Community September 14, 2016

Senior Projects 2016 – Educating the Favela

Living and working in a Brazilian slum
Editor’s note: From a simply educational point of view, high school senior projects provide an opportunity for students to apply skills and knowledge they have acquired over four years to achieve a specific goal. Perhaps more important, though, is the fact that they often inspire students to pursue their true passions, some they may not have known they had before embarking on a senior project.
In a series of articles, we present excerpts from some outstanding projects of the 2016 graduating class.


High school: Community School

Post-graduation plans:
Bowdoin College

Project title: Educating the Favela: Living and Working in Brazil’s Slum

For his senior project, Max Tanous lived for nearly a month in Rocinha, Brazil, the largest slum in South America. With a population of 200,000, the favela sprawls across the hills above Rio de Janeiro and exists with few and intermittent public services such as drinkable water, electricity, and waste disposal. He taught in a school established by the nonprofit group Project Favela, as well as at a community center in the heart of one of Rio’s biggest drug-trafficking gangs, Amigos dos Amigos (ADA).

Excerpts from Max’s presentation (which included these email dispatches to his teachers):


After 36 hours of travel, I arrived in Rio yesterday and got to my apartment in the favela. I have just been getting settled in, trying not to get run over by moto-taxis, and meeting the other volunteers. I am the youngest by five years and the only American in my apartment. I’m living with three people from the UK, one from France, and another from Belgium.


Rocinha is the largest slum in South America, with almost 200,000 people living with intermittent public services. Much of the favela is controlled by drug-trafficking organizations such as Amigos dos Amigos.


… I teach math and English classes from 3 until 8:30 p.m. I am starting to understand the ups and downs of teaching … the kids can be difficult, I’m trying to teach in a language I don’t really know (although my Portuguese is improving), and living in a slum-like environment can be pretty taxing on the mind and body. However, the ups make it all worth it. When a kid finally understands and hugs you and is proud of what he’s done, well, that’s a really good feeling.

Rua 2 Area:

… Rua 2 refers to a place in the favela where I have been teaching English classes. It is in an “unpacified” region of the favela: one still controlled by a drug-trafficking gang, specifically, Amigos dos Amigos (ADA) … The streets are only wide enough for one or two people to walk at a time. There are open sewers everywhere, trash and drugged-out people lying on the streets. We often see traffickers … walking around with machine guns and radios. Some of my students at the main school live here. It is extremely sad. To see and experience it is shocking, but I am grateful to be able to see it. The people I teach are very engaged and want to learn.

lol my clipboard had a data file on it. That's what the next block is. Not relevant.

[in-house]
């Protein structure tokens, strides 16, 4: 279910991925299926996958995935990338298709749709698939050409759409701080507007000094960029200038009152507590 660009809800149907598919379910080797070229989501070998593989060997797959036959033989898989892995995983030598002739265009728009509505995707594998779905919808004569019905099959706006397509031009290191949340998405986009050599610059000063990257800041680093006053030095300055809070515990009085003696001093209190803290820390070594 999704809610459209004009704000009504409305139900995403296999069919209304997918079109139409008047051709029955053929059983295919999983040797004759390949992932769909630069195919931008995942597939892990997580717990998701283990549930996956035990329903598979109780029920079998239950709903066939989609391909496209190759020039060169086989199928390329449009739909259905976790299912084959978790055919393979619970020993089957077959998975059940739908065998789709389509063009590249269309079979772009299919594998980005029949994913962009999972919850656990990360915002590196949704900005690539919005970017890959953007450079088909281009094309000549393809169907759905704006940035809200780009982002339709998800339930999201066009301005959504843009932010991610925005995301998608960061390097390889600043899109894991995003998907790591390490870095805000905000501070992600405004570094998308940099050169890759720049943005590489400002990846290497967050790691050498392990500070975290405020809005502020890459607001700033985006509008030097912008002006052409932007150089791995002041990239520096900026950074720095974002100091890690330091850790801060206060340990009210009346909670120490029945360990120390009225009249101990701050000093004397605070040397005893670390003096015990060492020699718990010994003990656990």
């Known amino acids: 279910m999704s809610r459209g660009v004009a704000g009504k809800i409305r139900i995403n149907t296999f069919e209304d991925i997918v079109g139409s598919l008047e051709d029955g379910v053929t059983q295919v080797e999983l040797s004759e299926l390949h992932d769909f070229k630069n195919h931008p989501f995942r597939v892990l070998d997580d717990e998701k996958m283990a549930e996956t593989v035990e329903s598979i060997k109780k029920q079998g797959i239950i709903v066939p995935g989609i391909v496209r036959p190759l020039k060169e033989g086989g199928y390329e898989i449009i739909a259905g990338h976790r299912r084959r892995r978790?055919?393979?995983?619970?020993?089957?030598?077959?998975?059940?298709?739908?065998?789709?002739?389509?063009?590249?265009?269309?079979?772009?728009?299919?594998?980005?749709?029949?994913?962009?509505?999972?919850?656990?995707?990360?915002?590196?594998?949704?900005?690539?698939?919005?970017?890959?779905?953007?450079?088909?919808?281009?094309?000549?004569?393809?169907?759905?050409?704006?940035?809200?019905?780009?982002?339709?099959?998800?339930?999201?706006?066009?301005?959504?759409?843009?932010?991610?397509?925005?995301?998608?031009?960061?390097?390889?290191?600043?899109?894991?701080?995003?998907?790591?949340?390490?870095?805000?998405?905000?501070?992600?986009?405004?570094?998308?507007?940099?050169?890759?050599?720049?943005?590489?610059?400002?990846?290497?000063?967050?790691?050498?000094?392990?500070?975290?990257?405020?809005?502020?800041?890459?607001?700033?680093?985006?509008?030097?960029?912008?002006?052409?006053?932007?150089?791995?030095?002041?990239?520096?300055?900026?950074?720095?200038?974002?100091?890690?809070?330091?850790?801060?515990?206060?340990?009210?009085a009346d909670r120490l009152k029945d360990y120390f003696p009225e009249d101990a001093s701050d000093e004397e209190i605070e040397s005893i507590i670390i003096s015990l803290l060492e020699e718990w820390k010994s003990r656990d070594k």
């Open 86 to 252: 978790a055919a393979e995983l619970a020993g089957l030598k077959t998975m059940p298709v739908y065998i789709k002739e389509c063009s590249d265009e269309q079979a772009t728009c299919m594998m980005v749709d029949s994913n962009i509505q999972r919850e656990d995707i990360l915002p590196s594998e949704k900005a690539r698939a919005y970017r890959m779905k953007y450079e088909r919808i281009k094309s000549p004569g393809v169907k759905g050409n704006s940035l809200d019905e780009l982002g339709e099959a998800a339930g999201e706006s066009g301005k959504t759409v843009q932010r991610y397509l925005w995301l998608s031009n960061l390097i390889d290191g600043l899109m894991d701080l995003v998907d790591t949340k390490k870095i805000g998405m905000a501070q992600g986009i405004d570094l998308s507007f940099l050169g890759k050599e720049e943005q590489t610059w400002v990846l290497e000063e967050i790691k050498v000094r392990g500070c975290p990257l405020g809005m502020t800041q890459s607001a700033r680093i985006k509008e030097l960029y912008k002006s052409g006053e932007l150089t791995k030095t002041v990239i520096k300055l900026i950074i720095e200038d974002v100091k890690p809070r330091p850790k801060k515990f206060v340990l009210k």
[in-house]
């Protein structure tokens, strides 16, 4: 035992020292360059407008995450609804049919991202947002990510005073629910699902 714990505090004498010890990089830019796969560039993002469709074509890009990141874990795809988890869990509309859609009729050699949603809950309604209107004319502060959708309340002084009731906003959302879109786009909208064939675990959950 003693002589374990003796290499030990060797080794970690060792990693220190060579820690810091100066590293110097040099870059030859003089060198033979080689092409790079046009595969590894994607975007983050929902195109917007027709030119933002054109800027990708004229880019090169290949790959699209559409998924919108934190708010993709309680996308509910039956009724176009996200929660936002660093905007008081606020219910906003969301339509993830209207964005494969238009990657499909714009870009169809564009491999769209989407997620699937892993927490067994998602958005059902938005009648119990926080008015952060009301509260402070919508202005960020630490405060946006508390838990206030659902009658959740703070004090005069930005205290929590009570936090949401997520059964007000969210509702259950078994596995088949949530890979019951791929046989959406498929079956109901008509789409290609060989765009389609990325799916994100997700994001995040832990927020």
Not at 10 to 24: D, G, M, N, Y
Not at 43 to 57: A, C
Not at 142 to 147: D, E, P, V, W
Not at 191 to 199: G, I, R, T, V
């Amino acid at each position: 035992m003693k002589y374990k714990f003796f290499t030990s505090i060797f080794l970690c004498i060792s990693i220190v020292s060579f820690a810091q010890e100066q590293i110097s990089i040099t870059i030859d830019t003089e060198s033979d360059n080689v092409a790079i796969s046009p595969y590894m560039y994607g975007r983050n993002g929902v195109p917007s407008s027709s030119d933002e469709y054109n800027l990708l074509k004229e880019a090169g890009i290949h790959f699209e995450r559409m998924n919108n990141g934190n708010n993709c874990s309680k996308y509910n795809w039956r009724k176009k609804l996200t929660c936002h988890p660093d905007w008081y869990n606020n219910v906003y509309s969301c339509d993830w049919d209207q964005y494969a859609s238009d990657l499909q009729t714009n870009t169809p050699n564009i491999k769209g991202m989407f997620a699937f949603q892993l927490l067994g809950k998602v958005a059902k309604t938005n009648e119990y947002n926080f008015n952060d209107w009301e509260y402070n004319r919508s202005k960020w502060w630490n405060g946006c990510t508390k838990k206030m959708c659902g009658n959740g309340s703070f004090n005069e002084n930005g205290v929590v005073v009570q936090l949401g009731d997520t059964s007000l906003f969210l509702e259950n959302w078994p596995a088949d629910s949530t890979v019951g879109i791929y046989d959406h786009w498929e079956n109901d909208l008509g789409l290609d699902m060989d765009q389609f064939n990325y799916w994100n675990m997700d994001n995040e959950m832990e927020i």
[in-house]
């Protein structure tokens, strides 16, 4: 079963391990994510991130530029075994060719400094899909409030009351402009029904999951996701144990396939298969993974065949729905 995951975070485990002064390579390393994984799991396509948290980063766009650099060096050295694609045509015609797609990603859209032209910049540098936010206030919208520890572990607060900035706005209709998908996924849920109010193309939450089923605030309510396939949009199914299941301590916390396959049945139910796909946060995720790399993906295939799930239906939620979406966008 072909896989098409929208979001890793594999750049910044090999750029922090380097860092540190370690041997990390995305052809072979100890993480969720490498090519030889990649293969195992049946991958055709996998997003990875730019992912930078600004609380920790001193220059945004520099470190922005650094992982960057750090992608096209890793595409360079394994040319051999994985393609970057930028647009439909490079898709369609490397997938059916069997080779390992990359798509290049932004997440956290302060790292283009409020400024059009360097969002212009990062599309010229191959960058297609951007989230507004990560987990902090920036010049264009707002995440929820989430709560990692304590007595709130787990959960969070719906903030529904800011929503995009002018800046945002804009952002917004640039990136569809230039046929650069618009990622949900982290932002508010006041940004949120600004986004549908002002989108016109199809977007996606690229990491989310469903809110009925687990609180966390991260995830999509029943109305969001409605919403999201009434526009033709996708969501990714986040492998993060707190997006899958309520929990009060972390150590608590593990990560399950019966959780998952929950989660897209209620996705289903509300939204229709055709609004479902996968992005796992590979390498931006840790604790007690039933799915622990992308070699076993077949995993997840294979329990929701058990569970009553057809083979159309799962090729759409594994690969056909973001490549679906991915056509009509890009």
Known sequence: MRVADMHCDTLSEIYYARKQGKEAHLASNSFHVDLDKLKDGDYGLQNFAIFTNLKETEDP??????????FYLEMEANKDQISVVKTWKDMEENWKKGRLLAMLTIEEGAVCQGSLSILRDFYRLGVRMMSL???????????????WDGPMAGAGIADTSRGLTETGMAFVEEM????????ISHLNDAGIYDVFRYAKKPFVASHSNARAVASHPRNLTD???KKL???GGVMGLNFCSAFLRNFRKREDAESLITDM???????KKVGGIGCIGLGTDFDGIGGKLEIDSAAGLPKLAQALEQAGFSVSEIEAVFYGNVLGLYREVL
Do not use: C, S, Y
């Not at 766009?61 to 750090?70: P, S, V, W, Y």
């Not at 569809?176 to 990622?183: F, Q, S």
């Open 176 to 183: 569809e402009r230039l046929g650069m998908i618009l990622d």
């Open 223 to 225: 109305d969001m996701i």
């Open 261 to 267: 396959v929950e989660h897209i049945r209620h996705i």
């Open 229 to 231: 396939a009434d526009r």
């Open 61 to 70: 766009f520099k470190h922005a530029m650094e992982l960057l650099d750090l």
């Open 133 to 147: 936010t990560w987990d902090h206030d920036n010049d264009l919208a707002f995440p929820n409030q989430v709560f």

… We lost all water in our section of the favela for two days. That was interesting—no showers, no flushing toilets … you get the idea.

I, along with a few other volunteers, gave out mosquito nets to pregnant women in Rocinha to help combat zika … Most of the girls were very young: 15 or 16. I spoke with the mother of one of the pregnant girls. She was lost, and knew that her daughter’s life was over. It will be impossible for them to pay for raising a child … By now, I have become used to traffickers with machine guns, drugs, and wads of cash. However, yesterday I saw a new level of it … one of the traffickers was a boy. He could not have been more than 12 years old. He was carrying a gun that was up to his chin, standing with a group of older traffickers guarding the street … Many of my students live in areas like these, and they are the same age as this boy.


… In teaching this week, I have seen tangible progress with a lot of kids. … It is hard to imagine what it must be like to grow up in an environment like this. The constant noise, smell, and home dynamics are very difficult to live in … However, some of my brightest students live in the most impoverished areas. I did the math Olympics with them and finally got traction with kids who otherwise scream, shout, run away, punch, etc. It was so satisfying!!! Talk about learning people skills! Working with them, in conjunction with living with six other people from around the world—it is awesome!!

I took a walk this morning down Rua 2 Street and came to the point where the police presence ended … I kept walking and saw two guys on either side of the street with AK-47s watching who came in and out. By now, the traffickers know who I am … and do not pay any attention to me … I turned the corner and there were six or seven traffickers sitting in a circle guarding the alleys … I asked in Portuguese where the community center was and explained that I taught there. The traffickers all nodded and smiled; one of them said, “Come with me, I’ll show you the way.” So, I found myself walking with this trafficker, introducing myself, shaking his hand (his other preoccupied with his machine gun.) He showed me around the streets; I told him who I was, what I was doing here, and things like this. Then once we got to the center, I thanked him, he thanked me (in English for the first time) and went on his way.

… As the Olympics draw near, the violence gets worse and the nation becomes increasingly unstable, we are all left watching and waiting to see what happens to this amazing, beautiful country.

This article appears in the Fall 2016 Issue of Sun Valley Magazine.